LEARNING FROM THE PATIENTS

A.V. Penati, C.E. Standoli

Politecnico di Milano, Department of Design (ITALY)
For patients, the domestic healthcare experience represents a set of complex activities and behaviours, giving rise to: a real process of spatialisation of the disease and therapy, real domestic liturgies, and real learning processes within which are included the learning of organisational techniques, of body techniques, of memory techniques, of techniques and devices of discipline and for self-discipline, etc.
In this learning process, there is a sort of training of the body in ways of doing, in ways of saying, in recurrent gestures, in cognitive expedients necessary to introduce the patient to the sphere of practical action at the basis of the experience of care. The cultures of the body, of illness, and of care play an important role. They fit in between the abstractness of pharma science, technological common sense and the value system that permeates the sphere of everyday life.
As happen in every learning process, the person's ability to understand and interpret the information they receive is an essential point. This ability is mediated by culture, competencies (e.g., related to languages like the native one or the more specific of care processes), previous experiences and the contexts in which the person is.
This article addresses the person's learning processes when facing a homecare path, where non-experts manage the culture, processes and practices of care. It shows the distance between the prescriptive modes elaborated by the pharma industry and the adaptive modes that identify a real learning style of the treatment practices. The evidence and examples documented through photos, interviews and questionnaires show how information about care is interpreted, translated and applied to objects or spaces. Dealing with medication, we can analyse how information is interpreted and implemented by the person through the positioning in the home, handling and manipulation, the notes handwritten on the packaging. We can talk about self-learning and adaptation of care processes and practices. Traditional care models often reduce complexity to a simple technical-functional dimension. The authors claim an alleged gap between bodily and technical gestures typical of the imprecision of everyday life and the precision of science. The authors focus on complex experiences that can integrate processes of self-literacy around medical objects and languages, everyday objects taken from other contexts, expected improvements of care objects according to the user's needs. The processes of adaptation to the individual physical and cognitive capacities that each patient presents are slowly retroacting on the processes of medication design and its life cycle within the pharma industry.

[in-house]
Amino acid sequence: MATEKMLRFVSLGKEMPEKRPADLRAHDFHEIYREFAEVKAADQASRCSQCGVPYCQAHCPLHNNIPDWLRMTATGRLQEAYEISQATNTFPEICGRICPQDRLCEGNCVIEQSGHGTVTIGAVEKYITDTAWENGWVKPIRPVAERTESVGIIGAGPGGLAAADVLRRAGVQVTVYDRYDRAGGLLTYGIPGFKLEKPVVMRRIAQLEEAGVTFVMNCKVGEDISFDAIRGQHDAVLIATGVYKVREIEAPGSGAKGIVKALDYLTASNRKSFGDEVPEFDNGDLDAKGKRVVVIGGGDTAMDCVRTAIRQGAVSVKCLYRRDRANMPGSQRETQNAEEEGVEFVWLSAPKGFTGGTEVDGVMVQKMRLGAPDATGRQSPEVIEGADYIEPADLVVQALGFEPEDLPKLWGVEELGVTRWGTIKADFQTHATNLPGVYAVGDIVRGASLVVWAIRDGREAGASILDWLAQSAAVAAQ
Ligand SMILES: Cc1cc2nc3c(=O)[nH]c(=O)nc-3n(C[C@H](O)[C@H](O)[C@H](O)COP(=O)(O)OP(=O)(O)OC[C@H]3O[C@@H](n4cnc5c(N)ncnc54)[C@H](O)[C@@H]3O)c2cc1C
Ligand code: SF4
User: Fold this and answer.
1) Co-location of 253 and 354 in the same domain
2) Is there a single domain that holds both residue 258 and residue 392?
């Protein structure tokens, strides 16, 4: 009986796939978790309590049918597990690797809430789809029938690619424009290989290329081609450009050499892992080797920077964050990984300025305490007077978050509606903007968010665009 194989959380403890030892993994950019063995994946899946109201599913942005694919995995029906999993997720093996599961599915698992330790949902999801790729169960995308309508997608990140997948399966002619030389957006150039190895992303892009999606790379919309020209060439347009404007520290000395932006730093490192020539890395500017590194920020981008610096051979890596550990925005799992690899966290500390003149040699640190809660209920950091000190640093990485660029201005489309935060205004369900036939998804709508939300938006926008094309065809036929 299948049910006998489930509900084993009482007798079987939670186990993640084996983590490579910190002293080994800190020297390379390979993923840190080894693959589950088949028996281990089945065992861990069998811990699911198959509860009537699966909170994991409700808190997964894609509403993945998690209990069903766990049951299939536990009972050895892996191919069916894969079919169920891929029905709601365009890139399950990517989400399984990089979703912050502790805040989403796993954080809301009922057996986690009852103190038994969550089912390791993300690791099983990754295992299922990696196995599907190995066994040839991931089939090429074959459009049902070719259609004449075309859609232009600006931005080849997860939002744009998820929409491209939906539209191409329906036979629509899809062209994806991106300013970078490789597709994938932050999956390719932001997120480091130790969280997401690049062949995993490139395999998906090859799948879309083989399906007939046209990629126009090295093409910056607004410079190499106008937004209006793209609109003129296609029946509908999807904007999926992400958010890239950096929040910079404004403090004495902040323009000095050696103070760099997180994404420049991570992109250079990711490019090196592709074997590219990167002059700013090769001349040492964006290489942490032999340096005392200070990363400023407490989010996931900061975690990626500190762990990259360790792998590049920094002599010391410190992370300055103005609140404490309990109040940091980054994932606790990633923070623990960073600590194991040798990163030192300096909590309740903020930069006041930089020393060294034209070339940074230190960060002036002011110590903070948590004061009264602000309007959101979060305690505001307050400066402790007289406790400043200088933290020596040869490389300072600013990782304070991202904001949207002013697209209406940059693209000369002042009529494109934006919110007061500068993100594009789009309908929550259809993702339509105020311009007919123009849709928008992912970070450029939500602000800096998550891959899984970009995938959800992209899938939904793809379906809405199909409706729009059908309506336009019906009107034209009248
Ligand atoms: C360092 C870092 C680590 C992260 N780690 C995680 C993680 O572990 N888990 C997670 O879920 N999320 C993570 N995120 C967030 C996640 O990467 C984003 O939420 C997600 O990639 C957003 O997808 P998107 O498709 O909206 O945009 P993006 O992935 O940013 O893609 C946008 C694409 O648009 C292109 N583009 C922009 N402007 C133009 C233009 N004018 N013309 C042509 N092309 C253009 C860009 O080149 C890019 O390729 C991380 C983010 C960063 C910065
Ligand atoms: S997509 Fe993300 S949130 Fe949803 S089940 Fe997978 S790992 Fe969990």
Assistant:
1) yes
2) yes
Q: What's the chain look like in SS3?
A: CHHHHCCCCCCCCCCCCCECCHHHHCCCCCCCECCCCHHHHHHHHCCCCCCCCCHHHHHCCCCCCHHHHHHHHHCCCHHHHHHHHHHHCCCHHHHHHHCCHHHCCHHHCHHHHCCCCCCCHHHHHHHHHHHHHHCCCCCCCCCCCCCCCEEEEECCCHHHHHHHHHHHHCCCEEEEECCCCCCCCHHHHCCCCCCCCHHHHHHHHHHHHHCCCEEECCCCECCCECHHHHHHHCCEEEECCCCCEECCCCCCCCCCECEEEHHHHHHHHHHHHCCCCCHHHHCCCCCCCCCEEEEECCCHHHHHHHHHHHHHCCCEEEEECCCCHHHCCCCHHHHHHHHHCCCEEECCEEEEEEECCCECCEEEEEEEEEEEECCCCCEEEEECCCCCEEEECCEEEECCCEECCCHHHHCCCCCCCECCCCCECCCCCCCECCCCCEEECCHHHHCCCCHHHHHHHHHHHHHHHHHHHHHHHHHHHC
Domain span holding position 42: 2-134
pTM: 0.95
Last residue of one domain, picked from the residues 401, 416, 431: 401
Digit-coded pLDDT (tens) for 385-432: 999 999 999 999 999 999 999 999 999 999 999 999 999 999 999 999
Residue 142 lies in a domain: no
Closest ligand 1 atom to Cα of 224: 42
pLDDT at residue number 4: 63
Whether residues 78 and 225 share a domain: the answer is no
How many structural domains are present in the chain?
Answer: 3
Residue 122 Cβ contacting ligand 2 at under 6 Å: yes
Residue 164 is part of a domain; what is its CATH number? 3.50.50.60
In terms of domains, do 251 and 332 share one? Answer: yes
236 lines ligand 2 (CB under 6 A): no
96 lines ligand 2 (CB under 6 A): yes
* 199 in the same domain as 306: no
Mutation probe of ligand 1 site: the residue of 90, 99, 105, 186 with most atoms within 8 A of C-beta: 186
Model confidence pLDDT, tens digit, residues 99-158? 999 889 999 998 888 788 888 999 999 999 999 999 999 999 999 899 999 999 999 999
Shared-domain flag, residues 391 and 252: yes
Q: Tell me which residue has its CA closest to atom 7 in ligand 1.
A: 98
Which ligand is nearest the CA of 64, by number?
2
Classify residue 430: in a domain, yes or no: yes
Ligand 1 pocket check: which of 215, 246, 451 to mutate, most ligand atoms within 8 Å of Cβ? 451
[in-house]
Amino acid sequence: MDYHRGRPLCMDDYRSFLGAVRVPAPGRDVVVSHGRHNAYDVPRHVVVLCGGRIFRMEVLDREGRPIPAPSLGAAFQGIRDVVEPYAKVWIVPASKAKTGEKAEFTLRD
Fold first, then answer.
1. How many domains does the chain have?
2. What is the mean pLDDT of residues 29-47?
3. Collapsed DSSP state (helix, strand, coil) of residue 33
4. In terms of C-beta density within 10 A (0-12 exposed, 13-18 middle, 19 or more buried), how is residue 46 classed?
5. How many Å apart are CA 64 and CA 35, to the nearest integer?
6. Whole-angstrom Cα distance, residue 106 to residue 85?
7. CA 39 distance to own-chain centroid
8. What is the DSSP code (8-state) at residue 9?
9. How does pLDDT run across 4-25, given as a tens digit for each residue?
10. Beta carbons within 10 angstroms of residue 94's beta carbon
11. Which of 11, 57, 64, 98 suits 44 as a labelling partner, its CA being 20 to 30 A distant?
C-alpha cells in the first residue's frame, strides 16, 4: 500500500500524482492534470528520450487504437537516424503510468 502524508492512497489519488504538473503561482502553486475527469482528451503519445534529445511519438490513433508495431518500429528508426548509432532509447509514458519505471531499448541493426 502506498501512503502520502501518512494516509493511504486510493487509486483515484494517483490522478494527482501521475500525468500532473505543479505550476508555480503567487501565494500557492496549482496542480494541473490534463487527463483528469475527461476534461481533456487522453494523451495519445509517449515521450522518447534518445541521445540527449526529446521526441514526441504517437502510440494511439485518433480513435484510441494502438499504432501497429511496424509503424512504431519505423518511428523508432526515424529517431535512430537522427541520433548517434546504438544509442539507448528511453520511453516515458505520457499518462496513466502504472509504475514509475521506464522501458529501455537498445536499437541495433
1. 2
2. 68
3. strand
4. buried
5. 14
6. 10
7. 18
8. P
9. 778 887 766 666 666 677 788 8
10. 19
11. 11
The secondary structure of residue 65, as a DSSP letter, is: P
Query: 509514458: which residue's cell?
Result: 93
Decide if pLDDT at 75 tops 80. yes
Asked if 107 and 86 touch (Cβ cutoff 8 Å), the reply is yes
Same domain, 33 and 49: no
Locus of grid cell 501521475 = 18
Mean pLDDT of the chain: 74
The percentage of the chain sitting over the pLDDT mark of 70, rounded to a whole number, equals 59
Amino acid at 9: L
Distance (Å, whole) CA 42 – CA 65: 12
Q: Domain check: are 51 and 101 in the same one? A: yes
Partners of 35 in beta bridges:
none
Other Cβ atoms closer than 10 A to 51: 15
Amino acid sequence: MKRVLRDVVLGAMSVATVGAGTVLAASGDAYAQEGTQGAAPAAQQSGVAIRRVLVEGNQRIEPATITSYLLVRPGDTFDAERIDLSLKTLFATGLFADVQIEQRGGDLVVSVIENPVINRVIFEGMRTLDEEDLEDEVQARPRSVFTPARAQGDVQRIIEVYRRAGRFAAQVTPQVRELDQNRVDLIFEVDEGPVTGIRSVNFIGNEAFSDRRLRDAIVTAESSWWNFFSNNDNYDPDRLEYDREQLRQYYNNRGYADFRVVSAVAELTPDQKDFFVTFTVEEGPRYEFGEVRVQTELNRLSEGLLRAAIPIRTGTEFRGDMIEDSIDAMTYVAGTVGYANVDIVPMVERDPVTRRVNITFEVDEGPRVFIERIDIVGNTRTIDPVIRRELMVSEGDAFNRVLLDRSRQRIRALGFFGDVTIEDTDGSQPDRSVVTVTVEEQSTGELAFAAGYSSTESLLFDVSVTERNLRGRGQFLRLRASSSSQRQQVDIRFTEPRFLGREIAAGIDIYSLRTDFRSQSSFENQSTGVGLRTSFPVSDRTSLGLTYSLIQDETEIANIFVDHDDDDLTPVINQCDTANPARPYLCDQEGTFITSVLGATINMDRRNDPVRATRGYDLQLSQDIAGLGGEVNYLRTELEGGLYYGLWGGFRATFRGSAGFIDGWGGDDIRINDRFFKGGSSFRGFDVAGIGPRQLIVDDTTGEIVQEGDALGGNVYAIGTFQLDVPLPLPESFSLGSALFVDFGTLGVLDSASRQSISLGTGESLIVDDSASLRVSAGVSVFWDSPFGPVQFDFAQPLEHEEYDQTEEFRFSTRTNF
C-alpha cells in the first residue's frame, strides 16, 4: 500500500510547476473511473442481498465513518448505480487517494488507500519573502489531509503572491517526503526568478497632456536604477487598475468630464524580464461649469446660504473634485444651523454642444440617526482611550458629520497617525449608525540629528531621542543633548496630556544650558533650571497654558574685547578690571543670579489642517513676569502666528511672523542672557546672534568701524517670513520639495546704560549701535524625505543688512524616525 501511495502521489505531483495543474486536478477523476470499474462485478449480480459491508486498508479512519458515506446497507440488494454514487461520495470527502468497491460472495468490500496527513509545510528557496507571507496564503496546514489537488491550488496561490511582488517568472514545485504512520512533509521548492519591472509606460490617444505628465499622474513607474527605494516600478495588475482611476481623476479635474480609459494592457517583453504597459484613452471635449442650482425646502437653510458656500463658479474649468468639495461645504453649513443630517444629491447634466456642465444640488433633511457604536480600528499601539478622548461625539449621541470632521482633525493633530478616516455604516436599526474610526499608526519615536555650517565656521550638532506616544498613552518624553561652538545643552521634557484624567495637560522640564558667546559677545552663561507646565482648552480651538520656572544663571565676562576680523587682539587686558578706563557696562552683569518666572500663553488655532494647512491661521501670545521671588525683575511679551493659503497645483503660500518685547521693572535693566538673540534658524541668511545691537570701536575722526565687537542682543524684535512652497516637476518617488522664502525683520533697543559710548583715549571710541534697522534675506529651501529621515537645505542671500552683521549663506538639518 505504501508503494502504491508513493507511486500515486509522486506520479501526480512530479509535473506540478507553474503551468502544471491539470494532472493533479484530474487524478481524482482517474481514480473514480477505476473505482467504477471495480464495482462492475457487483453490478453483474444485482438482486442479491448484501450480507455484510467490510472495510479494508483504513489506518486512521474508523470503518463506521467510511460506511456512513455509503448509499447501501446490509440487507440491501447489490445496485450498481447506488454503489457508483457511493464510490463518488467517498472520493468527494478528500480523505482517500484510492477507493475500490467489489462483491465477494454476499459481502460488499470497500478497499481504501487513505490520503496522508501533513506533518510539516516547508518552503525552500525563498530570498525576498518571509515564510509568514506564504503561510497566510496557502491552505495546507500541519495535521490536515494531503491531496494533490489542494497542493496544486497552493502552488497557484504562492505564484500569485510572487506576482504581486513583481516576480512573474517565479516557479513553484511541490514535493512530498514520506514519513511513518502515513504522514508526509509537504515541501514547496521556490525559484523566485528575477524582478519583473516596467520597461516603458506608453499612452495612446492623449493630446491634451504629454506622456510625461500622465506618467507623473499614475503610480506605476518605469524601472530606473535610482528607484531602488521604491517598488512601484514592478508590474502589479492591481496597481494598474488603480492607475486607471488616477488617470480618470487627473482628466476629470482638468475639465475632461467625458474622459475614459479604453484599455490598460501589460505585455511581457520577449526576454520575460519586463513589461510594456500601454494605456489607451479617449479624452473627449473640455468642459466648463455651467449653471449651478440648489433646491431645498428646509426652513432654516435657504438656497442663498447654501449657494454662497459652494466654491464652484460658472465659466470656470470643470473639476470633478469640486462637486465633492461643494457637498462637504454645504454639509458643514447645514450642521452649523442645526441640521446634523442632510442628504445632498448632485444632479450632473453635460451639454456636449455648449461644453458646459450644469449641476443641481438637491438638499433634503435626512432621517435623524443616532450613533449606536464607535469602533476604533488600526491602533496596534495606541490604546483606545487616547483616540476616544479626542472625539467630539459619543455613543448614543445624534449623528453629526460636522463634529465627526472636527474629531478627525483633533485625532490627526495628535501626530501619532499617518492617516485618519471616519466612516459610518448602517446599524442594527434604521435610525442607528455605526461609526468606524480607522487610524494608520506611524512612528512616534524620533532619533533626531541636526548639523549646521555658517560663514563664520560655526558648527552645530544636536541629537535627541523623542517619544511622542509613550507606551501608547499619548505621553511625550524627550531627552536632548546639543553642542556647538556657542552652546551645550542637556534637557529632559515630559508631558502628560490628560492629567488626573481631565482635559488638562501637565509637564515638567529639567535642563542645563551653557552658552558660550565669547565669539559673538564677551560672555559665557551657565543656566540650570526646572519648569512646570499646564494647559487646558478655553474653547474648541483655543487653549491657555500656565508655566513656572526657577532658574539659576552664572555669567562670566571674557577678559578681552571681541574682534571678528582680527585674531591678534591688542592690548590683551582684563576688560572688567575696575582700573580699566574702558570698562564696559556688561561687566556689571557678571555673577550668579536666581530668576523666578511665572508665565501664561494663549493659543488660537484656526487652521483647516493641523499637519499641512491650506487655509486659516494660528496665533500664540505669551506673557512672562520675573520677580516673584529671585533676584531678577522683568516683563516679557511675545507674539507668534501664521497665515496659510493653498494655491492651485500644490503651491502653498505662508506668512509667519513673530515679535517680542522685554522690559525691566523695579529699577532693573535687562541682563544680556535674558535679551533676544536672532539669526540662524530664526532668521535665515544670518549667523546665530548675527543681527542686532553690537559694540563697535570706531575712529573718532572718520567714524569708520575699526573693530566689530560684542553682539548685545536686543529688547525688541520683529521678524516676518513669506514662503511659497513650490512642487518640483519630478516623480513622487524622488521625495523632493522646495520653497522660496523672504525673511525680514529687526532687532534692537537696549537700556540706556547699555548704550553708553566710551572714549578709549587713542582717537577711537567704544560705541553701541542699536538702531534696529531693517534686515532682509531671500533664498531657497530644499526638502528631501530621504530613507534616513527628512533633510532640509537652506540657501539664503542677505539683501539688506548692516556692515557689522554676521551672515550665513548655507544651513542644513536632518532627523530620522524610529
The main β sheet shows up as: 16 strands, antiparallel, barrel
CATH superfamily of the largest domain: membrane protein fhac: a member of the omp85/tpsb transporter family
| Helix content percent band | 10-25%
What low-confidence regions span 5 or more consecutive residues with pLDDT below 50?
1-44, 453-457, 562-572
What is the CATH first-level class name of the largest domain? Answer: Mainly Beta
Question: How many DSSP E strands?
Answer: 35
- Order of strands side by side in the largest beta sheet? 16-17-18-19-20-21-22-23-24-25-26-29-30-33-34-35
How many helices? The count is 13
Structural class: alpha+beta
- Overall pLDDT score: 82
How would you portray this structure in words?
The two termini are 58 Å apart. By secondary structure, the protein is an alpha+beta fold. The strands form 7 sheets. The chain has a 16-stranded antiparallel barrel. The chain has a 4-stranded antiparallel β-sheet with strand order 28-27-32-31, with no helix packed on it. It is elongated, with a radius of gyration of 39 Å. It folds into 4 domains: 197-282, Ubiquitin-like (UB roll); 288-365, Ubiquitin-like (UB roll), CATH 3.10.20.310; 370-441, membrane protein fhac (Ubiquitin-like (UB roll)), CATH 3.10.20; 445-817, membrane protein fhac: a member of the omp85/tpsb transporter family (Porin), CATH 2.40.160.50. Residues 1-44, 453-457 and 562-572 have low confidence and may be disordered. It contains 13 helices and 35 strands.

From a methodological point of view, the article presents a structured observation, an analysis of the data gathered and a final discussion. After defining the research context and the users, the phase of direct observation of people and their care processes in the domestic space is structured and presented. This qualitative observation was conducted on a proximity sample in the Italian context. This is followed by an analysis of the people's behaviour, habits, and rituals in the dialogue with the objects of care. This analysis opens to reflections on how the process of communication, understanding and interpreting the information takes place and how people adapt these in homecare context.